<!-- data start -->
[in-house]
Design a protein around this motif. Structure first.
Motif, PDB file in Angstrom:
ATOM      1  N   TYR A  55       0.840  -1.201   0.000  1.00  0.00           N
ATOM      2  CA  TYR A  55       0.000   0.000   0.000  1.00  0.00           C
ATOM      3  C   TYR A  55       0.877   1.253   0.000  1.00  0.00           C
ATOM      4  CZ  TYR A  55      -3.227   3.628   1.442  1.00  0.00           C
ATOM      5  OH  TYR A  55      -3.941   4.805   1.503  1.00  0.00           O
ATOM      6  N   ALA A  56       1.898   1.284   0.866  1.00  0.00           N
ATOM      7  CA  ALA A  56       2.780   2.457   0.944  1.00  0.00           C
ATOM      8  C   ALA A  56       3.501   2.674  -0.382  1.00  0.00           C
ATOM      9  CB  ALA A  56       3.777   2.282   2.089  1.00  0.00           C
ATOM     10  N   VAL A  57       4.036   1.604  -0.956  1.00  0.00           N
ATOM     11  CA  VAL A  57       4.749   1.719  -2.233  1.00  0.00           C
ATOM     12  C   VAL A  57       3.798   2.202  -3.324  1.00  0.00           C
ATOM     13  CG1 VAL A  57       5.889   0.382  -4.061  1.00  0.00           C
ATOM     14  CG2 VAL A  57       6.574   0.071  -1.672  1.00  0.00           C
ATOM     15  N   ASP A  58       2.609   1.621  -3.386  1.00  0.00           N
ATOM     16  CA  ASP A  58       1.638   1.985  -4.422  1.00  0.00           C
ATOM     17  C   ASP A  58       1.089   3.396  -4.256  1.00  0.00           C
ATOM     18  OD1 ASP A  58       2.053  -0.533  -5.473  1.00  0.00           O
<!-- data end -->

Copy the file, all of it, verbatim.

[in-house]
Design a protein around this motif. Structure first.
Motif, PDB file in Angstrom:
ATOM      1  N   TYR A  55       0.840  -1.201   0.000  1.00  0.00           N
ATOM      2  CA  TYR A  55       0.000   0.000   0.000  1.00  0.00           C
ATOM      3  C   TYR A  55       0.877   1.253   0.000  1.00  0.00           C
ATOM      4  CZ  TYR A  55      -3.227   3.628   1.442  1.00  0.00           C
ATOM      5  OH  TYR A  55      -3.941   4.805   1.503  1.00  0.00           O
ATOM      6  N   ALA A  56       1.898   1.284   0.866  1.00  0.00           N
ATOM      7  CA  ALA A  56       2.780   2.457   0.944  1.00  0.00           C
ATOM      8  C   ALA A  56       3.501   2.674  -0.382  1.00  0.00           C
ATOM      9  CB  ALA A  56       3.777   2.282   2.089  1.00  0.00           C
ATOM     10  N   VAL A  57       4.036   1.604  -0.956  1.00  0.00           N
ATOM     11  CA  VAL A  57       4.749   1.719  -2.233  1.00  0.00           C
ATOM     12  C   VAL A  57       3.798   2.202  -3.324  1.00  0.00           C
ATOM     13  CG1 VAL A  57       5.889   0.382  -4.061  1.00  0.00           C
ATOM     14  CG2 VAL A  57       6.574   0.071  -1.672  1.00  0.00           C
ATOM     15  N   ASP A  58       2.609   1.621  -3.386  1.00  0.00           N
ATOM     16  CA  ASP A  58       1.638   1.985  -4.422  1.00  0.00           C
ATOM     17  C   ASP A  58       1.089   3.396  -4.256  1.00  0.00           C
ATOM     18  OD1 ASP A  58       2.053  -0.533  -5.473  1.00  0.00           O